For the last year or so I religiously watch a news channel called Russia Today (RT). It helps me comprehend the world better and keeps my unchecked anger in control. RT is Arnab Goswami on amphetamines. It is the Breaking Bad of television journalism.
Often blasphemous but seldom boring, RT is a never-ending, forever-repeating documentation of the American tragedy. As a news channel, it has the potency of a street drug and the clarity of a well meaning (but) ideologically-tainted high school teacher. I am hooked.
Last evening I saw an interview with Peter J Kuznick, an American historian who has worked with Oliver Stone on a pathbreaking documentary series: The Untold History of the United States. Not plugging the TV series, the historian, a guest on a show called Break the Set, painted an American landscape that is now, quite frankly, fading from the globalised public discourse.
Before I watched RT, I thought Al Jazeera was anti-West. After watching RT for 15 minutes Al Jazeera feels like an overtly cautious news channel anxious not to lose it’s tag of neutrality while the CNN, FOX News and the BBC sound like faithful mouthpieces of an empire that refuses to acknowledge its impending doom.
There are rumours that currently more people in the US watch RT than CNN. It is not hard to see why: the view of one’s own room is always better from the neighbour’s window. The view only gets better when David Letterman (the latest addition to the RT arsenal) shows you where to look. Then there is Max Keiser. If Max said that it would rain mackerel tomorrow between noon and 3pm in India, I will not only believe him, but will also be prepared to bet a sizeable portion of my lifetime savings on his words.
But Max won’t ever say a thing like that. He is not in the business of making predictions; he is in the business of breaking them. He hosts a daily show called the Keiser Report with his wife and fellow economic commentator Stacy Herbert.
For someone who doesn’t understand complex economics watching the show is like immersing oneself in a Thomas Pynchon novel. The world is not what it looks like. Ten minutes into the show and you wonder if any of it could be true. Then you check. Most of the information peddled on RT is as credible as any other media outlet. At first you laugh, then, suddenly, you are very angry.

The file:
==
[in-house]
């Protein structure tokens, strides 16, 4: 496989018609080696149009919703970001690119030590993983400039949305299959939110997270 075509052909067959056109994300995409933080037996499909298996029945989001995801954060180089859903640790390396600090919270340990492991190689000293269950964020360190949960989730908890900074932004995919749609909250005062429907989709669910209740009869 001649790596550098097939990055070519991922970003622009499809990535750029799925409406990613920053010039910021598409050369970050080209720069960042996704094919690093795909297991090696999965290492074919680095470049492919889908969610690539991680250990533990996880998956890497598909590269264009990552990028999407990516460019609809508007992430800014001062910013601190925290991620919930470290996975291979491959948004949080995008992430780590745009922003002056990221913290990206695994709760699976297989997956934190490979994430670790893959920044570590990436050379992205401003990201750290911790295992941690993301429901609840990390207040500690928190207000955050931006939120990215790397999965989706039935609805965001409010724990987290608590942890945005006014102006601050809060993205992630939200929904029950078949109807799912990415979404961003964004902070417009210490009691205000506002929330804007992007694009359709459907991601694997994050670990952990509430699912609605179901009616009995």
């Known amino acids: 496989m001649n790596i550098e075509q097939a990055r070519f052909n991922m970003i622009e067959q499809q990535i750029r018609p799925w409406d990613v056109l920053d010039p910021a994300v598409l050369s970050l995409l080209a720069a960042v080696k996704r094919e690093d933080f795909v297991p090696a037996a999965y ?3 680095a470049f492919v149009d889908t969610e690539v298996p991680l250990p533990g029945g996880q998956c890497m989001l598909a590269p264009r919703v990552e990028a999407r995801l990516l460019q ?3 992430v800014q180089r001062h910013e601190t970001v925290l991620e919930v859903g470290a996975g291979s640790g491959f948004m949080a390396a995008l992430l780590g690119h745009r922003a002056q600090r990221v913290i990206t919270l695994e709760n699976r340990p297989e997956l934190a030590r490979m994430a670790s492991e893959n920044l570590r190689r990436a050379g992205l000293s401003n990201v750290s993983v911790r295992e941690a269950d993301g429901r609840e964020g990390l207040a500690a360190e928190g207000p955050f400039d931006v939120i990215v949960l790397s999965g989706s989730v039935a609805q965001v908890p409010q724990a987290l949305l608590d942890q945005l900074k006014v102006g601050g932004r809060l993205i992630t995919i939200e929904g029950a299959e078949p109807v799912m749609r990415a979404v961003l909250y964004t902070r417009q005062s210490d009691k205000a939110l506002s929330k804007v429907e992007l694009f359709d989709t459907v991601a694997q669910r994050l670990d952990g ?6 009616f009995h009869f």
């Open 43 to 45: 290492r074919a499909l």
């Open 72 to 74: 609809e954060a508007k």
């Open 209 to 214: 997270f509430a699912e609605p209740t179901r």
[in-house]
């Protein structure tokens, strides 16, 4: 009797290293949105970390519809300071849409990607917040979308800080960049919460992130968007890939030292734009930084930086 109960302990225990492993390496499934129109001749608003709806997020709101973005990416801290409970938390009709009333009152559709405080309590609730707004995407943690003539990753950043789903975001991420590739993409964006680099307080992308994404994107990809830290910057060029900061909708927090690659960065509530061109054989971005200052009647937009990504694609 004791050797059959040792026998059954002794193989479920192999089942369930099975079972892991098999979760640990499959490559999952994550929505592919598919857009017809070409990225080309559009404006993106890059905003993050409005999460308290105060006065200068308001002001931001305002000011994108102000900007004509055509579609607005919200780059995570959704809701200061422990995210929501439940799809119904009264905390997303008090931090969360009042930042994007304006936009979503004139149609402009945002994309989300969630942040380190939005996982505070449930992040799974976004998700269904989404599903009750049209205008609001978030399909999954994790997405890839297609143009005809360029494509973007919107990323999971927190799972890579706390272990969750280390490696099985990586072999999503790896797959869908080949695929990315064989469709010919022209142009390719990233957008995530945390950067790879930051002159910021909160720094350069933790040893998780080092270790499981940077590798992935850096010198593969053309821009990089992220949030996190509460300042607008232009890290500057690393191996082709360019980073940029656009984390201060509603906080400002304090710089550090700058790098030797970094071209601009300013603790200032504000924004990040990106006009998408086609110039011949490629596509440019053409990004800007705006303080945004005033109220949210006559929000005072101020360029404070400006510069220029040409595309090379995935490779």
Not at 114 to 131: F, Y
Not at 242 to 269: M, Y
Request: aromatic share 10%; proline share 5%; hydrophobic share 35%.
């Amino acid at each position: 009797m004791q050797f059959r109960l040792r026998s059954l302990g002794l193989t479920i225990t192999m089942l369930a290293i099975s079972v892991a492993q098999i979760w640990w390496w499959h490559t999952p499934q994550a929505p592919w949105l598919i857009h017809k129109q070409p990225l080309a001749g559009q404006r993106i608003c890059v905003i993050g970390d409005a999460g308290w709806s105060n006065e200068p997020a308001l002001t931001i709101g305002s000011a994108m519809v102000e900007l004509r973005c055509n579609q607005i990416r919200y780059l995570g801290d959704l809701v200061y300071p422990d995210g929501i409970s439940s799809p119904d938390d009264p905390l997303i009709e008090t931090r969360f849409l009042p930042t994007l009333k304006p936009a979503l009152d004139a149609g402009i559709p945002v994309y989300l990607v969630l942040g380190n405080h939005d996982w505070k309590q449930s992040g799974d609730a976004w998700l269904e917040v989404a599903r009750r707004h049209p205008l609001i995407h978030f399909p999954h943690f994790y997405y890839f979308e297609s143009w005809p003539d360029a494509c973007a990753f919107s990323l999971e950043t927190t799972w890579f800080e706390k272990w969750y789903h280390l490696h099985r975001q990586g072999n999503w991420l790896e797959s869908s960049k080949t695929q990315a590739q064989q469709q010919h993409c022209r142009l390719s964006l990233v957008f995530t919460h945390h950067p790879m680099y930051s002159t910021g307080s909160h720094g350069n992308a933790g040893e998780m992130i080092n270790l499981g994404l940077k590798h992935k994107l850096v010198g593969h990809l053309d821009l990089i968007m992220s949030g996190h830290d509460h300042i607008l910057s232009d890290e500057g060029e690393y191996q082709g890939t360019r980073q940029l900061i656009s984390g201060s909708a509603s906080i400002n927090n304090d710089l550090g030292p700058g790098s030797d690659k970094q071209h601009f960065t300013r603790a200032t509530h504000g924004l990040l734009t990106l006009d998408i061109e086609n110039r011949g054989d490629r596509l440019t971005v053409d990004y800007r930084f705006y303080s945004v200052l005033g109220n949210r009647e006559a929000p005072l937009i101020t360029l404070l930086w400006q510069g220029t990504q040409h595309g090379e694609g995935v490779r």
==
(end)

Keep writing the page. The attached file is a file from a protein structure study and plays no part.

RT sells moral indignation. The Americans I see on RT are poor, homeless, often hungry, having no hope for the future and waiting to die on the street. They have no health care to talk about, are constantly told lies by those in power, have no hope for a job, no family, and no television to resent the happiness of other well-off Americans. On RT the American dream is haunted by its own ambitions.
I see RT as a front in an ideological war, the war against the moral uprightness of the West led by the US. Any decision that the US takes is deconstructed and presented as yet another example of the moral hollowness of a global power.
The US shown on RT is the mirror image of the Russia beamed across the globe by CNN, the BBC and other mainstream media outlets: a nation whose affairs are conducted by a small rich minority comprising bankers, oil magnates and arms manufacturers, a nation that doesn’t deserve any moral authority. RT’s news fabric burns with self-righteousness, hitherto an unchallenged American territory.
Its anchors are angry, its reporters forever hungry for a slice of the American pie, its bosses political. No wonder its audience grows by the minute, fed on better facts and more believable and realistic fiction.
The author is a writer